Life (cf. biota) is a characteristic that distinguishes objects that have signaling and self-sustaining processes from those that do not, either because such functions have ceased (death), or else because they lack such functions and are classified as inanimate. Biology is the science concerned with the study of life.
Any contiguous living system is called an organism. Organisms undergo metabolism, maintain homeostasis, possess a capacity to grow, respond to stimuli, reproduce and, through natural selection, adapt to their environment in successive generations. More complex living organisms can communicate through various means. A diverse array of living organisms can be found in the biosphere of Earth, and the properties common to these organisms—plants, animals, fungi, protists, archaea, and bacteria—are a carbon- and water-based cellular form with complex organization and heritable genetic information.
Scientific evidence suggests that life began on Earth approximately 3.5 billion years ago. The mechanism by which life emerged is unknown and hypotheses are being formulated. Since then, life has evolved into a wide variety of forms, which biologists have classified into a hierarchy of taxa. Life can survive and thrive in a wide range of conditions. The meaning of life—its significance, origin, purpose, and ultimate fate—is a central concept and question in philosophy and religion. Both philosophy and religion have offered interpretations as to how life relates to existence and consciousness, and on related issues such as life stance, purpose, conception of a god or gods, a soul or an afterlife. Different cultures throughout history have had widely varying approaches to these issues.
Though the existence of life is only confirmed on Earth, many scientists believe extraterrestrial life is not only plausible, but probable. Other planets and moons in the Solar System have been examined for evidence of having once supported simple life, and projects such as SETI have attempted to detect transmissions from possible alien civilizations. According to the panspermia hypothesis, life on Earth may have originated from meteorites that spread organic molecules or simple life that first evolved elsewhere.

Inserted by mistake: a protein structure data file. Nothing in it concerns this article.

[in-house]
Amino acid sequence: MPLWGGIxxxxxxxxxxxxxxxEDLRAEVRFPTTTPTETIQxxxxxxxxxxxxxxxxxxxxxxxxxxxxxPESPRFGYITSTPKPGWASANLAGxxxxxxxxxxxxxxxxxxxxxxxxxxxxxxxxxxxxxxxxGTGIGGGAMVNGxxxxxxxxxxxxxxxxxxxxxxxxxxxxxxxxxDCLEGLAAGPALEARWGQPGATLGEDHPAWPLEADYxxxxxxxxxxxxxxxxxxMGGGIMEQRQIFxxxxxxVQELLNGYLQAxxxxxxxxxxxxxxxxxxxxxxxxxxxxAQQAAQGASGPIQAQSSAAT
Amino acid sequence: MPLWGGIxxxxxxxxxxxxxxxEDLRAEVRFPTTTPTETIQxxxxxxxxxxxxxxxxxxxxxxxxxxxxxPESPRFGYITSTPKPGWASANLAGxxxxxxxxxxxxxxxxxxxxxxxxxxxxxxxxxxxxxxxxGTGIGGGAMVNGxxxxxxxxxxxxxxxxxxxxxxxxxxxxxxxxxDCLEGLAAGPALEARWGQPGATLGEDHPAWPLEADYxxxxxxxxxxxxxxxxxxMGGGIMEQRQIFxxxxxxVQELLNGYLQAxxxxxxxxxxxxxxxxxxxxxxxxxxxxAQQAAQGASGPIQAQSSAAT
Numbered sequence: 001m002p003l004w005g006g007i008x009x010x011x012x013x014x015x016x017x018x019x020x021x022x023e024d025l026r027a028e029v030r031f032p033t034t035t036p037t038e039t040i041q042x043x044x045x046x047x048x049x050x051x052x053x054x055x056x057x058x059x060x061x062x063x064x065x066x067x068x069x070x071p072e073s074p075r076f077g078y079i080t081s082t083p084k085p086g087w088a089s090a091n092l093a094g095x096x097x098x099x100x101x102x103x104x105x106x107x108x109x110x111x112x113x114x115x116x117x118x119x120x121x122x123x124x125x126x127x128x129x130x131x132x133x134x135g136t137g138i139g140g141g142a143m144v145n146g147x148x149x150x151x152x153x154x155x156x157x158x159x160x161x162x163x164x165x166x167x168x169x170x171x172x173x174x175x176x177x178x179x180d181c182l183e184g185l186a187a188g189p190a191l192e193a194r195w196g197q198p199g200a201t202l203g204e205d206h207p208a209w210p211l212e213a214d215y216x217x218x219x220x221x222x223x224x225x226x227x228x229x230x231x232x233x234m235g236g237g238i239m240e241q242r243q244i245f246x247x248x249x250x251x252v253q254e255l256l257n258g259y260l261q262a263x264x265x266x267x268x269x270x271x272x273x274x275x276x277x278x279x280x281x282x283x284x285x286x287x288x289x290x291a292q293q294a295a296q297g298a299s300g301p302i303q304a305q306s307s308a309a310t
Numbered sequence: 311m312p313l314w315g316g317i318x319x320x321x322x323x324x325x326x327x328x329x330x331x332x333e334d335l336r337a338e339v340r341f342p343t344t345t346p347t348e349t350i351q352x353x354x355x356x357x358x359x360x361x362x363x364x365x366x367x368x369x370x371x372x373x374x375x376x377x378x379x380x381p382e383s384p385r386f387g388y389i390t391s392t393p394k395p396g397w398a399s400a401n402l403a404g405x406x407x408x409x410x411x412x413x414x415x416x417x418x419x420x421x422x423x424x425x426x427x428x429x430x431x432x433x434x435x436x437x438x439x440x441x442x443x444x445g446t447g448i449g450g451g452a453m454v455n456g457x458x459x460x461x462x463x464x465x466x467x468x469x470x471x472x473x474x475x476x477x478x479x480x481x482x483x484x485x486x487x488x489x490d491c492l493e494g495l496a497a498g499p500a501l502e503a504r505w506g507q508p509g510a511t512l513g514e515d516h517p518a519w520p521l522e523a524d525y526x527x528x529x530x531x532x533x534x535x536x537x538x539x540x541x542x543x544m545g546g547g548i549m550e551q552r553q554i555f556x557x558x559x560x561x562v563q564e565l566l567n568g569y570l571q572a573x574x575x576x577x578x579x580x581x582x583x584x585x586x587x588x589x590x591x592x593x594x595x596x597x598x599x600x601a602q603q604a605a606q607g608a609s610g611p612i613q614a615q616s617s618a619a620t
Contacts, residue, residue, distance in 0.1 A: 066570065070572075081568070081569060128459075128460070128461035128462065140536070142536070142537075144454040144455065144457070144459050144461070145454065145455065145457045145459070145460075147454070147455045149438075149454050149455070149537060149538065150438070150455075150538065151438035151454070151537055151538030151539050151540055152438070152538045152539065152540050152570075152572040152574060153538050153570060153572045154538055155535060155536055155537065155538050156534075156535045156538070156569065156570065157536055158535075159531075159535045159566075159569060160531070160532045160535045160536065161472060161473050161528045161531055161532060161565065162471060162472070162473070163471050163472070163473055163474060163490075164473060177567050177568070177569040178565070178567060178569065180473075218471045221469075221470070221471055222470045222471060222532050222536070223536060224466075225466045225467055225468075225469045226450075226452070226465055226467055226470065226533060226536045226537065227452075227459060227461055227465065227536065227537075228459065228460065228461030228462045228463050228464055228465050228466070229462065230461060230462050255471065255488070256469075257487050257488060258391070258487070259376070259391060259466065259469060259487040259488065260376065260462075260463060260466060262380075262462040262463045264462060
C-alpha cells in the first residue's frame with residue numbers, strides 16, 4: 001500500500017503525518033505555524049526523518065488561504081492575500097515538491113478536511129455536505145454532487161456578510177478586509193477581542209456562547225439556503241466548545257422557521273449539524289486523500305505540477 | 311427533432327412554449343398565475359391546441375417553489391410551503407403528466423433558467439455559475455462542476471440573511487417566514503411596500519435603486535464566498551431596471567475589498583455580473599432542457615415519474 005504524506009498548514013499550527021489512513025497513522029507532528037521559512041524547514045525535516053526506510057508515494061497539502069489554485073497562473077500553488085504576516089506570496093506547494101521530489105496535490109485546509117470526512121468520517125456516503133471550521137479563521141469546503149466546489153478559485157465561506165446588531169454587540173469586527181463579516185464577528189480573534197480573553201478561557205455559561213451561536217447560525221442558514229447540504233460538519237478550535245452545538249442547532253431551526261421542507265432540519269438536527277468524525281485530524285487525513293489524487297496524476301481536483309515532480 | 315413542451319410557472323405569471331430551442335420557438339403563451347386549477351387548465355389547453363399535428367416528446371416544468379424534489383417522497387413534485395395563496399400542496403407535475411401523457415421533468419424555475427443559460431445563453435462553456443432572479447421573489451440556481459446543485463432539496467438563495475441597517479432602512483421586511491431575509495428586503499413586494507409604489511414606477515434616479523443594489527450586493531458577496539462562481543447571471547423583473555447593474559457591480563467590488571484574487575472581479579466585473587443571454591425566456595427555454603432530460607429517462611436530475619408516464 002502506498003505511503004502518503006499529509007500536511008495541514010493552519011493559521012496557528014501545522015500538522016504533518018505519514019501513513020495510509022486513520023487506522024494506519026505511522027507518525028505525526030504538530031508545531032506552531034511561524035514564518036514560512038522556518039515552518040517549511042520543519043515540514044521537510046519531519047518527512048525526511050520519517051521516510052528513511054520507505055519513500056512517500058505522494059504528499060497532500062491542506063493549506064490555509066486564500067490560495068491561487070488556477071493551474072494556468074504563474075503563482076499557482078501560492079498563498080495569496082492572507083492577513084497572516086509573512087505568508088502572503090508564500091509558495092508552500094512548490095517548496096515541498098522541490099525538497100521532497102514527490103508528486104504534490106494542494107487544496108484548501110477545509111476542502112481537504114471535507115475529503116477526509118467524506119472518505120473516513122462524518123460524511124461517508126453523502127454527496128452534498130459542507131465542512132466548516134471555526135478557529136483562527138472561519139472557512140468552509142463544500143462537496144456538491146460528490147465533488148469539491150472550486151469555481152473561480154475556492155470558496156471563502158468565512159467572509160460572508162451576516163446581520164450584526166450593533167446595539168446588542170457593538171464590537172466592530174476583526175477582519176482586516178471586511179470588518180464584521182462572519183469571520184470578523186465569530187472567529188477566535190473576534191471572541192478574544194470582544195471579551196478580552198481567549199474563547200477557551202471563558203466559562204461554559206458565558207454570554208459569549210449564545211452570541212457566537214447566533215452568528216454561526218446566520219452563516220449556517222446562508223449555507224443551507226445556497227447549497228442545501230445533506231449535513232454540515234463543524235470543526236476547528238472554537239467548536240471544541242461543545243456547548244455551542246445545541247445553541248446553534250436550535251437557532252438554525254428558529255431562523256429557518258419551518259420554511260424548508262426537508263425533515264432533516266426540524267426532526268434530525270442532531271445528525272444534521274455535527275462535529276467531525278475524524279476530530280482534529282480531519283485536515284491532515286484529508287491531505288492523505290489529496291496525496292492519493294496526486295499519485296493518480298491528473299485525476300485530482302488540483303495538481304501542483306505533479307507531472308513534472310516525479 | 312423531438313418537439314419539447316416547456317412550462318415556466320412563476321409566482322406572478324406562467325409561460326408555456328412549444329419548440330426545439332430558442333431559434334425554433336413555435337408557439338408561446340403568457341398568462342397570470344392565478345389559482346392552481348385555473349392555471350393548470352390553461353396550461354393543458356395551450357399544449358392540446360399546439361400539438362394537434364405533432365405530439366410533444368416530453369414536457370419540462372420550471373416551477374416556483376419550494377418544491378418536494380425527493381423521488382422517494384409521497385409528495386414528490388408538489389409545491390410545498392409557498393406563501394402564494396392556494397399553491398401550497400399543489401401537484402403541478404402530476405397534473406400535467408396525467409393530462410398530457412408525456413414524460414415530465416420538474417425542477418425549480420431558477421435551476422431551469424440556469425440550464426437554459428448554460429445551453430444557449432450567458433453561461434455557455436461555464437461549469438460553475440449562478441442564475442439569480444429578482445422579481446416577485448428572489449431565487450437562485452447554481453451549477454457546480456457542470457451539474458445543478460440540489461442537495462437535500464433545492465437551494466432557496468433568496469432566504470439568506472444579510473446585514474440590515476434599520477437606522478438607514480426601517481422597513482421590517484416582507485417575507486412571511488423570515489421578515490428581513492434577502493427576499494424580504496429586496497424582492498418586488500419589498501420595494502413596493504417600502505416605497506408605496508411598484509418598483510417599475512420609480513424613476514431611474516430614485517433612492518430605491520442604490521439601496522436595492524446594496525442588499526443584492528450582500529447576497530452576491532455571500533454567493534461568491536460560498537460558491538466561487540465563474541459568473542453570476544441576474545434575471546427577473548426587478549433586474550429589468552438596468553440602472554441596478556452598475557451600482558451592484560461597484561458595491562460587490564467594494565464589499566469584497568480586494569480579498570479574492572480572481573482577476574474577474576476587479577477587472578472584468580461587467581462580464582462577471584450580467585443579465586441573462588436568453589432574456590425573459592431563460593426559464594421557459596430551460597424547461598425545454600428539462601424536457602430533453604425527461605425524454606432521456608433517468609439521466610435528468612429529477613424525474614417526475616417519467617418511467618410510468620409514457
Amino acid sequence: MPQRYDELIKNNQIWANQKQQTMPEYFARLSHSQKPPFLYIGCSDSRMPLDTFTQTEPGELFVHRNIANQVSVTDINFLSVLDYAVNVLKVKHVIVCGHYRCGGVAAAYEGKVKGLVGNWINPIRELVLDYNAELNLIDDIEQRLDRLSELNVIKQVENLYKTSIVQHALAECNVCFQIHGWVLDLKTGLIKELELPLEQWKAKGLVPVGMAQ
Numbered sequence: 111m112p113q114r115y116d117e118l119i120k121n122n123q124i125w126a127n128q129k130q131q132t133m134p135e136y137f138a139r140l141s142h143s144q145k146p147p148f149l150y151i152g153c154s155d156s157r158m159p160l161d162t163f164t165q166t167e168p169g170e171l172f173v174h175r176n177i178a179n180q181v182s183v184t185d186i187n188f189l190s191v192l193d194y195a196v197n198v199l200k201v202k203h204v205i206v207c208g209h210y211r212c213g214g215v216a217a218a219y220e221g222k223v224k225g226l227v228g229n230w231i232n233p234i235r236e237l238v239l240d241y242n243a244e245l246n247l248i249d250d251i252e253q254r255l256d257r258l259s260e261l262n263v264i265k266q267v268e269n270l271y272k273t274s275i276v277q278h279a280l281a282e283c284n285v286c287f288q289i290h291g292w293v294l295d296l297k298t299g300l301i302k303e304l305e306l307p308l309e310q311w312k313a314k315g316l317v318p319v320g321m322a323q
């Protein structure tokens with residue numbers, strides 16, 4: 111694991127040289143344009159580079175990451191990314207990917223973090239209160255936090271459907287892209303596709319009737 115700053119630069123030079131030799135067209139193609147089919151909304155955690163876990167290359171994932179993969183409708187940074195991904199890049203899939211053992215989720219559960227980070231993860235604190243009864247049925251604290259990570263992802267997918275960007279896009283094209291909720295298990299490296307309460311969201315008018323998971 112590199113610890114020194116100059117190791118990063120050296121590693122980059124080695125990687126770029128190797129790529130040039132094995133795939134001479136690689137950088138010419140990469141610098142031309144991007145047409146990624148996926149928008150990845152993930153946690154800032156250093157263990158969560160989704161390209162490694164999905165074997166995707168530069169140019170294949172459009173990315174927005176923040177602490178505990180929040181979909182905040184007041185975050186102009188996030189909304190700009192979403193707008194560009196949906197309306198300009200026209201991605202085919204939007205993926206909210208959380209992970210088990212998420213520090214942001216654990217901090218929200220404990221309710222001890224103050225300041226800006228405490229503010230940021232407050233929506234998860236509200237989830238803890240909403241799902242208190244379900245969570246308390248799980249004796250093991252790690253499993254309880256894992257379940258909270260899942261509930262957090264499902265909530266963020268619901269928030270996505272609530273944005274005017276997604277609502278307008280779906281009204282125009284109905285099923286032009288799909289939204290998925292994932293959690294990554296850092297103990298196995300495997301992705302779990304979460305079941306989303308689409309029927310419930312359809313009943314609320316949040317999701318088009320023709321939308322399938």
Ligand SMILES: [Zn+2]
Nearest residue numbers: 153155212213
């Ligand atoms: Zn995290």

Other articles related to "life":
... The Russian orbital segment's life support systems are contained in the Service Module Zvezda ... The MLM Nauka laboratory has a complete set of life support systems ...
... A biological half-life or elimination half-life is the time it takes for a substance (drug, radioactive nuclide, or other) to lose one-half of its pharmacologic, physiologic, or radiological ... In a medical context, the half-life may also describe the time that it takes for the concentration in blood plasma of a substance to reach one-half of its steady-state value (the "plasma ... For example, the biological half-life of water in a human being is about seven to 14 days, though this can be altered by his/her behavior ...
... in oneself, (ii) faith in the Master and (iii) faith in life ... Faith is so indispensable to life that unless it is present in some degree, life itself would be impossible ... It is because of faith that cooperative and social life becomes possible ...
... for organisms at any time throughout their life cycle ... and internal environments, however, is an abstraction parsing life and environment into units or facts that are inseparable in reality ... There is an interpenetration of cause and effect between the environment and life ...
... Very little is known about Widukind's life ... There are no sources about Widukind's life or death after his baptism ... as a likely location where Widukind may have spent the rest of his life ...
Famous quotes containing the word life:
“Through the certain prospect of death, a precious, sweet- smelling drop of levity might be mixed into every lifebut now you strange pharmacist-souls have turned it into a foul-tasting drop of poison through which all life is made repulsive.”
—Friedrich Nietzsche (18441900)
“For books are not absolutely dead things, but do contain a potency of life in them to be as active as that soul was whose progeny they are; nay, they do preserve as in a vial the purest efficacy and extraction of that living intellect that bred them. I know they are as lively, and as vigorously productive, as those fabulous dragons teeth; and being sown up and down, may chance to spring up armed men.”
—John Milton (16081674)
“What is the foundation of that interest all men feel in Greek history, letters, art and poetry, in all its periods from the Heroic and Homeric age down to the domestic life of the Athenians and Spartans, four or five centuries later? What but this, that every man passes personally through a Grecian period.”
—Ralph Waldo Emerson (18031882)